Do not conform to the pattern of this world, but be transformed by the renewing of your mind. Then you will be able to test and approve what God’s will is—his good, pleasing and perfect will. Romans 12:2 (NIV)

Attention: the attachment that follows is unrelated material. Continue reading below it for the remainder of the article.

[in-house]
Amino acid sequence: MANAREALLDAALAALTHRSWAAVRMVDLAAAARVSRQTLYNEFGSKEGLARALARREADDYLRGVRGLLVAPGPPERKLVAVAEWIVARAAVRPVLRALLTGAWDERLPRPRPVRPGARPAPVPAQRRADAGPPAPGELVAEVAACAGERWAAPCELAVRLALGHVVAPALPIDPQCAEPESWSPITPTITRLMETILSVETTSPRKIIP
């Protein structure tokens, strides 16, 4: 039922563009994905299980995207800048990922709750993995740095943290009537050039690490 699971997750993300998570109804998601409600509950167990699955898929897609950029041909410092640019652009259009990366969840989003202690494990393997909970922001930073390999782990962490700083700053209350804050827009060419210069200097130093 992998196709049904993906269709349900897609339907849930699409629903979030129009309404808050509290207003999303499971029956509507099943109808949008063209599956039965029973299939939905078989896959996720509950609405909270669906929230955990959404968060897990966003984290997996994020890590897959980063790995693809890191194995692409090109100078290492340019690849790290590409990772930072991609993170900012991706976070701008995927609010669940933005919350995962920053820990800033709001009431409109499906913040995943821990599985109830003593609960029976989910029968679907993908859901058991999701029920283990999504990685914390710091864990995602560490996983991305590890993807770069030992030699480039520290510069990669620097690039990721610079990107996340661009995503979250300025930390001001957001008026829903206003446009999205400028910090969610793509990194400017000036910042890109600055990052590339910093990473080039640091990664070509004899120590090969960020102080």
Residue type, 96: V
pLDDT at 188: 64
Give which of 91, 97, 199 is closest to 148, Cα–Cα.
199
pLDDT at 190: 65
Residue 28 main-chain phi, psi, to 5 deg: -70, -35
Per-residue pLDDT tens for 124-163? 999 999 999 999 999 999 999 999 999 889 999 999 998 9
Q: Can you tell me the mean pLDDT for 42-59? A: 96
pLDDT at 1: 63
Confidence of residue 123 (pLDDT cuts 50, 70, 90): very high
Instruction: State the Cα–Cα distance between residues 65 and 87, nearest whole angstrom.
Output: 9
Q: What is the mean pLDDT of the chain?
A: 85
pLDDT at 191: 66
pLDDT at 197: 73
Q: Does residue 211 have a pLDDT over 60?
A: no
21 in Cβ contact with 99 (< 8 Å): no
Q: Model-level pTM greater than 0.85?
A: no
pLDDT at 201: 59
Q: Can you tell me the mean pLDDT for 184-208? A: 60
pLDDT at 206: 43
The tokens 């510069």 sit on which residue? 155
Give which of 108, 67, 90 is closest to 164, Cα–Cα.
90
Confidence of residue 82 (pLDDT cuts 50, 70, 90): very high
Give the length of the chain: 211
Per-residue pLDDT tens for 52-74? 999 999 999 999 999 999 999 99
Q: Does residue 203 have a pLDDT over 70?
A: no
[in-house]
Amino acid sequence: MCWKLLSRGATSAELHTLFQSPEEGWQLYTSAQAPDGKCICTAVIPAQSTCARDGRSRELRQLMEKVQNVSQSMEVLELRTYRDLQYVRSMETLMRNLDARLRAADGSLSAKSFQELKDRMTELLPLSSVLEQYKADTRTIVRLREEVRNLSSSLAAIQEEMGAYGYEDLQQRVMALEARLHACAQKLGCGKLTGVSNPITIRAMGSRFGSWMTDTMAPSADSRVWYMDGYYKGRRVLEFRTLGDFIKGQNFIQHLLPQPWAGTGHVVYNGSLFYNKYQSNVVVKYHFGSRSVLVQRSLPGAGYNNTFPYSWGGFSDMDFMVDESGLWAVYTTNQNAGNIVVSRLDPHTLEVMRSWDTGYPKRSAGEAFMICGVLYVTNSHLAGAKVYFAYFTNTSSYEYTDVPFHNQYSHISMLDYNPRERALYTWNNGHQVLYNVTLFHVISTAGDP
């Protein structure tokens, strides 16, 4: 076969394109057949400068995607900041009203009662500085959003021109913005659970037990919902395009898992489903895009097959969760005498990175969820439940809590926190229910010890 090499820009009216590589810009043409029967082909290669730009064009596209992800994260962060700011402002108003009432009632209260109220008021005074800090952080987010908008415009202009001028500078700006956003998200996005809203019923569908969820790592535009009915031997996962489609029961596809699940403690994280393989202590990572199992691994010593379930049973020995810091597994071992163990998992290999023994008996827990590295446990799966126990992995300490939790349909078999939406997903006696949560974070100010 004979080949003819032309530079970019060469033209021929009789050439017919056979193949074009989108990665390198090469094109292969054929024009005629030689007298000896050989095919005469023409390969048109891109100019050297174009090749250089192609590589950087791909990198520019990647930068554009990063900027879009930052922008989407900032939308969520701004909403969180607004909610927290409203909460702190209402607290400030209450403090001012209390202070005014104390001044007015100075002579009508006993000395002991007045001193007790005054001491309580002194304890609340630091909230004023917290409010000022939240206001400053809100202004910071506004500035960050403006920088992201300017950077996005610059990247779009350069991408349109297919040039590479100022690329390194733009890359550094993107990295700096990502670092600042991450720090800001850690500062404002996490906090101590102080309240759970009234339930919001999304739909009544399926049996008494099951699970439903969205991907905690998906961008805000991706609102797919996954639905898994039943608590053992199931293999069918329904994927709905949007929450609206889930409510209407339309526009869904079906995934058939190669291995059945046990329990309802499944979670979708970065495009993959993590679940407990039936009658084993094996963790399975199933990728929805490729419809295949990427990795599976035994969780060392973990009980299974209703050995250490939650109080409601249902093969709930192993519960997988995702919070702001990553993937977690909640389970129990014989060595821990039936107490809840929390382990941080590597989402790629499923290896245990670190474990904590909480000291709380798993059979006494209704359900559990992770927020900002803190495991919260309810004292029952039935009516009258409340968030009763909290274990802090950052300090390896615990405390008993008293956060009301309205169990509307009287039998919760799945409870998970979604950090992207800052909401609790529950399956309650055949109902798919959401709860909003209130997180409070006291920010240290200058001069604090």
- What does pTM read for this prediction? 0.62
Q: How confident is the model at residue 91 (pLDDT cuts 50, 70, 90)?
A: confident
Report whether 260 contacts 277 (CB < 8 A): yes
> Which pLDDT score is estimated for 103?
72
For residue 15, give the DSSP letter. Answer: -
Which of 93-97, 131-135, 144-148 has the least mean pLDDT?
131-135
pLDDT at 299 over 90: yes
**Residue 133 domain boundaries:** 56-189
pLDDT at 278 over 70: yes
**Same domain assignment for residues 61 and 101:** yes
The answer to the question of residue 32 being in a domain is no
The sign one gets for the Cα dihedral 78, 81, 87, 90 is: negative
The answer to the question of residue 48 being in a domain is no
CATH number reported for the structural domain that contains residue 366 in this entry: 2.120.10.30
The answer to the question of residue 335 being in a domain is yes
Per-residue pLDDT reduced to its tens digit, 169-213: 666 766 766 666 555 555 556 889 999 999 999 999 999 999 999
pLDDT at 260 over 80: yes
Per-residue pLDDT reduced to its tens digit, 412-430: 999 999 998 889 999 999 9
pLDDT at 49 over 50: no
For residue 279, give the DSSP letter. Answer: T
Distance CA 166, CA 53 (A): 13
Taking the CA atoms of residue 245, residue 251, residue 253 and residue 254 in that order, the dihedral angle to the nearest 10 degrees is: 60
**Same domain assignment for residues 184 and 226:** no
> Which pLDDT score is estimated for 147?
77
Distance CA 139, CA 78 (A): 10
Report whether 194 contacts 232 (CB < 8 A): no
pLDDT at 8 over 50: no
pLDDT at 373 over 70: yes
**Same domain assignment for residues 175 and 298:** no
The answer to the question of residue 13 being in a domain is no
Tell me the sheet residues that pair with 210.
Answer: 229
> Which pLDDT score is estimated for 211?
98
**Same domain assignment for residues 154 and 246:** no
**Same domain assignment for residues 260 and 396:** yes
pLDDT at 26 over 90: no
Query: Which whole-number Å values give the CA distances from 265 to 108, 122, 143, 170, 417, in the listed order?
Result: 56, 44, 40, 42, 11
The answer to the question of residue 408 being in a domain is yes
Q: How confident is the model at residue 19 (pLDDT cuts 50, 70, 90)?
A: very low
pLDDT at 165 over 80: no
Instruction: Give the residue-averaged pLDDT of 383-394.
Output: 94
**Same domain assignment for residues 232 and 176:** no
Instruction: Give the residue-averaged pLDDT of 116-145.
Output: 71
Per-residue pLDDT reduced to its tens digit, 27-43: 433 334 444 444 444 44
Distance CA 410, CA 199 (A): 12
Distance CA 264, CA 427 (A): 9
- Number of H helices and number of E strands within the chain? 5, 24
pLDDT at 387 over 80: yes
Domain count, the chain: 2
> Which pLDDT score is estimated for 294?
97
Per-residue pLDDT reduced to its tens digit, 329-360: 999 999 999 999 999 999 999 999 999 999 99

I’ve been making beautiful things to give as Christmas presents. In my zeal to wrap presents as I got them, I forgot to take any pictures of my creations. I will take some after the feeding frenzy is over. The first is tomorrow night at the in laws. Sadly, in the process of making beautiful things, I’ve also had my share of duds. For every lovely felted bag there is at least one wad of wool that oldest son labeled dryer lint. Along with several gorgeous pieces of glass art there is a growing pile of misshapen items that are not lovely and in fact, ugly. A month ago, I purchased a sheet of expensive, but unusual glass called Holly Berry. With green confetti that looked like leaves and bright red nuggets, it really does look like a Christmas wreath. I cannot explain what came over me when I saw this glass other than I was hypnotized because I would never ever dream of paying what I paid for that glass any other way. I planned to keep what I made from it justifying the expense as a Christmas gift to myself that would remain in the family for years to come. An heirloom for future generations. I carefully laid out the glass to shape a large bowl. Because it was so pretty on its own, I decided not to add another layer of glass. And that is where I made my mistake. When I slumped the round base for the bowl, I did not think to alter the firing schedule I normally use for two or three layers of glass. The piece was thin, slumped too quickly and then, shrunk into a lumpy foggy wart covered glob. The only thing I can think to do with it now is to crush it up and make jewelry out of it. Unfortunately, I did not know that the problem was caused by heating a single layer of glass too fast and too long. That realization finally dawned on me after I ruined a second project also made with one sheet. It was to be a blue bowl with starfish on it that took four firings. One for the blue base in order to soften the sharp edges. Another to shape the starfish and rocks. A third to tack the pattern to the base and finally, the slump phase during which it morphed into some oddly shaped bowl that looks like a measuring cup with no handle. I suppose I can make it into a part of a fountain for pouring water. I had such high hopes for those designs! Like my art, I often have high expectations for my life. Sometimes, I am disappointed. Then, I have a choice. Will I fret about what might have been? Or look for satisfaction in other ways? Because life will never be perfect but it can still be joyful. There’s beauty in the midst of the failures. Look closer and you’ll find it.